In October 2010, Heide Leighty developed a cough. Despite repeated trips to the doctor and several attempts at treatment, the cough still wouldn’t go away.
“I couldn’t get rid of it. I couldn’t shake it,” says Heide, who lives in Houston, Texas.
Heide also started having episodes of breathlessness. Finally, a pulmonologist diagnosed her with asthma and prescribed a course of prednisone, a steroid. Two days later, she was feeling—and breathing—much better.
We tend to think of asthma as something that’s diagnosed in childhood, but it’s not uncommon for women especially to develop the condition as an adult. However, adults often don’t realize it — they write off a persistent cough or other symptoms like wheezing or shortness of breath, saying it’s just allergies or the lingering effects of a recent cold.
In fact, allergies are often the culprit. The Asthma and Allergy Foundation of America estimates that allergies trigger at least 30 percent of adult asthma cases. Sustained exposure to certain substances in the workplace or your environment can also contribute.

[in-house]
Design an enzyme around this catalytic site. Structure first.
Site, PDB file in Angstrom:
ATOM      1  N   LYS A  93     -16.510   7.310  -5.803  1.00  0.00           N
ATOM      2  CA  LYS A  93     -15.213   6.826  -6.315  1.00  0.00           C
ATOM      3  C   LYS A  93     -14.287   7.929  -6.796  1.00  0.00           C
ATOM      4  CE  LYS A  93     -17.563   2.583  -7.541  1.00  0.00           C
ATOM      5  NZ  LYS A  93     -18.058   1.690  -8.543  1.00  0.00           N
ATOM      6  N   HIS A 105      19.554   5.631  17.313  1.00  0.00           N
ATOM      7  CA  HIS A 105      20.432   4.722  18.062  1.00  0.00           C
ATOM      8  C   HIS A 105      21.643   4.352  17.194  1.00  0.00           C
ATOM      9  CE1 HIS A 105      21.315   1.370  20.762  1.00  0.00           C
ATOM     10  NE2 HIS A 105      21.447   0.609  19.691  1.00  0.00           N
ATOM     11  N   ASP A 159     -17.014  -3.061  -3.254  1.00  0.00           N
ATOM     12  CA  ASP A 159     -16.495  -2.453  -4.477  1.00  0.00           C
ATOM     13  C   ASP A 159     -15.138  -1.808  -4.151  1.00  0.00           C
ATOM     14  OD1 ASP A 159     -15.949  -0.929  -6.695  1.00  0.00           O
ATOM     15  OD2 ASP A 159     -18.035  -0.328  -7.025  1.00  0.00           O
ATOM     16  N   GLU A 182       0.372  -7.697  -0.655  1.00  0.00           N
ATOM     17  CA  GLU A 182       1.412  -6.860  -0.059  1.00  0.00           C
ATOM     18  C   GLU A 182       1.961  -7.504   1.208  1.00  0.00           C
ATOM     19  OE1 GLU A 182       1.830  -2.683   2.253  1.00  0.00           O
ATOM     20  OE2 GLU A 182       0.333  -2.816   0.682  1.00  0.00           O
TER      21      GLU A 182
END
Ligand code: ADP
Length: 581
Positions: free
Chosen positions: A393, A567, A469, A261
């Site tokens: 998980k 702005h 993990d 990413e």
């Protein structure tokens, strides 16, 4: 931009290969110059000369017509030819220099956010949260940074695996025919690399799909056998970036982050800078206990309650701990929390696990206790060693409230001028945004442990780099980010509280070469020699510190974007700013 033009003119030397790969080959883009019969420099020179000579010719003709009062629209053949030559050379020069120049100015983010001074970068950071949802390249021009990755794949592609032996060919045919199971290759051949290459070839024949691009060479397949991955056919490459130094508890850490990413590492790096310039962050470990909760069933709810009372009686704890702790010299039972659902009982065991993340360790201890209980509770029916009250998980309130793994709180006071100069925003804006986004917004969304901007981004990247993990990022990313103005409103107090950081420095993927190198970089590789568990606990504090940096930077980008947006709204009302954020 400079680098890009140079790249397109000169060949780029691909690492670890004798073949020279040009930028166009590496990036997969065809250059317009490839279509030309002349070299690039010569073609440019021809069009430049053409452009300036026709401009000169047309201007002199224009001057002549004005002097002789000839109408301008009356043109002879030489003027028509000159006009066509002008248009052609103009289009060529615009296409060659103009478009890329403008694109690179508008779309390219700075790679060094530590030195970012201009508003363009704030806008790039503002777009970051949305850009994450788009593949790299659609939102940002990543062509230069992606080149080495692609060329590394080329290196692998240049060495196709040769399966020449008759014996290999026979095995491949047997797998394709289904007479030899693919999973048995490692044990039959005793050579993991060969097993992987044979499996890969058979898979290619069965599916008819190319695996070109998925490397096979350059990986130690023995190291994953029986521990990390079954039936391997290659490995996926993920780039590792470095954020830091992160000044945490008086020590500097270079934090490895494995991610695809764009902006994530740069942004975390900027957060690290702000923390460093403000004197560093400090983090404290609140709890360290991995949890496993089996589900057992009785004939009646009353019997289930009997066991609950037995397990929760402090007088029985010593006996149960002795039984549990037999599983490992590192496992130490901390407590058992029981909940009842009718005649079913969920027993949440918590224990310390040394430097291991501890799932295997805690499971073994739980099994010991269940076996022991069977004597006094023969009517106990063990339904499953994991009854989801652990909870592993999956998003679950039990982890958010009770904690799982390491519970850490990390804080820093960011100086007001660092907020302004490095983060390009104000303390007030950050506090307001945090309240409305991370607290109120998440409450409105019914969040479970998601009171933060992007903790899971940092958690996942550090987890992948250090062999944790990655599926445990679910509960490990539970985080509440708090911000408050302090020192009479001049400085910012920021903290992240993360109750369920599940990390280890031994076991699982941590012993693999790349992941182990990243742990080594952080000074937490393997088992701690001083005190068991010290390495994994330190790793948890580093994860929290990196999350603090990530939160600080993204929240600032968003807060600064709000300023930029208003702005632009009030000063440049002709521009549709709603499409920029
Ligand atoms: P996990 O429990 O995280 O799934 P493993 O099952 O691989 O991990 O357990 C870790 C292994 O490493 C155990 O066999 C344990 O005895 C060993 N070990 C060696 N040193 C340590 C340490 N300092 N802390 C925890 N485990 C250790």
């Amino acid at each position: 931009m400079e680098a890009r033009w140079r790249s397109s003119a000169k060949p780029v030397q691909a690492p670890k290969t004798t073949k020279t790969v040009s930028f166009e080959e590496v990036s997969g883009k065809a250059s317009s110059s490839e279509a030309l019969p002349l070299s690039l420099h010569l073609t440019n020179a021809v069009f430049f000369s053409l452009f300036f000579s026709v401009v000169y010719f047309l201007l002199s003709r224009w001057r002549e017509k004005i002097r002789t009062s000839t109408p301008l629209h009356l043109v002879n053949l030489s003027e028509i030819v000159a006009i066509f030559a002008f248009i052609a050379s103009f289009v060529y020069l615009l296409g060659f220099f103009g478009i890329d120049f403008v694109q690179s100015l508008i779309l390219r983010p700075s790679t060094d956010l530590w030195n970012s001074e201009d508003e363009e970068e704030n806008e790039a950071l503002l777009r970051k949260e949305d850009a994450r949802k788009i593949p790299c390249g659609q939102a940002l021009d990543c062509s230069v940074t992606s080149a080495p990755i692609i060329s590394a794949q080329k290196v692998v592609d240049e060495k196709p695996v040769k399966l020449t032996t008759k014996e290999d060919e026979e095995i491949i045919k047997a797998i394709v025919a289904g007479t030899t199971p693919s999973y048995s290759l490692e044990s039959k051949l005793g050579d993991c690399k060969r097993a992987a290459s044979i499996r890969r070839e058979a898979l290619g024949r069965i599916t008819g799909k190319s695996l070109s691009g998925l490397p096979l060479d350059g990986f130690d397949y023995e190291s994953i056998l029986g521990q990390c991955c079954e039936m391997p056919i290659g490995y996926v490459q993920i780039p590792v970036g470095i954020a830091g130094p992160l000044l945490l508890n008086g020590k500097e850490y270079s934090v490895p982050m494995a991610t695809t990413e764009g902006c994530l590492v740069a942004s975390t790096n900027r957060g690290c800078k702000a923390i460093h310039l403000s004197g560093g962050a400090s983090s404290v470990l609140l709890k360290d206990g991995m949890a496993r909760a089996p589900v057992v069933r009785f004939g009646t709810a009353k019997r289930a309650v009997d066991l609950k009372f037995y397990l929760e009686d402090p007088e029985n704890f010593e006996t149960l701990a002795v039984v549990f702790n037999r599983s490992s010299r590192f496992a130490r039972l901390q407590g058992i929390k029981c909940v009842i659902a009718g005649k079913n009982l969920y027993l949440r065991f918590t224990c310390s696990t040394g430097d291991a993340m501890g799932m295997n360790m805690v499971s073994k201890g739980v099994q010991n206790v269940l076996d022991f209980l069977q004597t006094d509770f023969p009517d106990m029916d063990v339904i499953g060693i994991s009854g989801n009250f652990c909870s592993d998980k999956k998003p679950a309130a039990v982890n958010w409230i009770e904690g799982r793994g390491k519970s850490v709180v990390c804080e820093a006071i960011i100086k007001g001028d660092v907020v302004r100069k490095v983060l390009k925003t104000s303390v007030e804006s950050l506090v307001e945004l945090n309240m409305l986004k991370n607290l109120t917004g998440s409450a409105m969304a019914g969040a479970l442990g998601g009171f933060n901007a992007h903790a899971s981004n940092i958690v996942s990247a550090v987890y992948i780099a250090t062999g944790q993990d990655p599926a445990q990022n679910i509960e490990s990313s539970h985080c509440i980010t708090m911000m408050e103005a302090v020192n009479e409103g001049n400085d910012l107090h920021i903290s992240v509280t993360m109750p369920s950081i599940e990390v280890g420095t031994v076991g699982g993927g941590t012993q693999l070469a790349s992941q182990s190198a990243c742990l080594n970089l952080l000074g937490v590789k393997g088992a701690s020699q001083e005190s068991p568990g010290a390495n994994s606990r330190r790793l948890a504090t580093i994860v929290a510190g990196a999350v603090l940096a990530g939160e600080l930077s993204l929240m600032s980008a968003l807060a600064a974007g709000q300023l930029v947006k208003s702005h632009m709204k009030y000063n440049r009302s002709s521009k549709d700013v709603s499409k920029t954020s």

How can you tell the difference between a cold or allergies and asthma? Watch for symptoms like Heide’s cough that hang on for a long time, or more frequent-than-usual bouts of bronchitis in the winter.
“At some point, it crosses a threshold where it might be worth some investigating,” says Dr. David Beuther, a pulmonologist with National Jewish Health in Denver.
Your doctor may recommend a lung function test, which uses a device called a spirometer to measure how much air you can exhale, and how fast. That will help pinpoint the best course of treatment based on the severity of your case.
And take heart—you don’t have to give up exercising. (Heide remains an avid tennis player.) Dr. Andy Nish, a spokesman for the American Academy of Allergy Asthma and Immunology, usually recommends that all newly diagnosed patients use a bronchodilator before exercising.
“If they have been exercising with no symptoms at all, or, over time, note that they do fine without using their bronchodilator pre-exercise, then they may not need to,” he says.
There’s no foolproof way to avoid developing adult-onset asthma, but there are a few steps you can take to reduce your chances:
· Just say no to cigarettes. “The No. 1 (trigger) would certainly be smoking,” says Beuther, who also recommends avoiding situations that expose you to secondhand smoke.
· Get a flu shot. Viral infections often trigger asthma, but there’s unfortunately not a lot you can do about them. But a flu vaccination will ward off at least one cough-and-wheeze-inducing virus per season.
· Reduce your exposure to allergens. Nish suggests putting dust-mite covers on your pillows and mattress if you’re allergic to dust mites, or keeping furry pets out of your bedroom if you have a pet allergy.
· Watch your weight. “Obesity is a significant risk factor for asthma in adults,” Beuther says.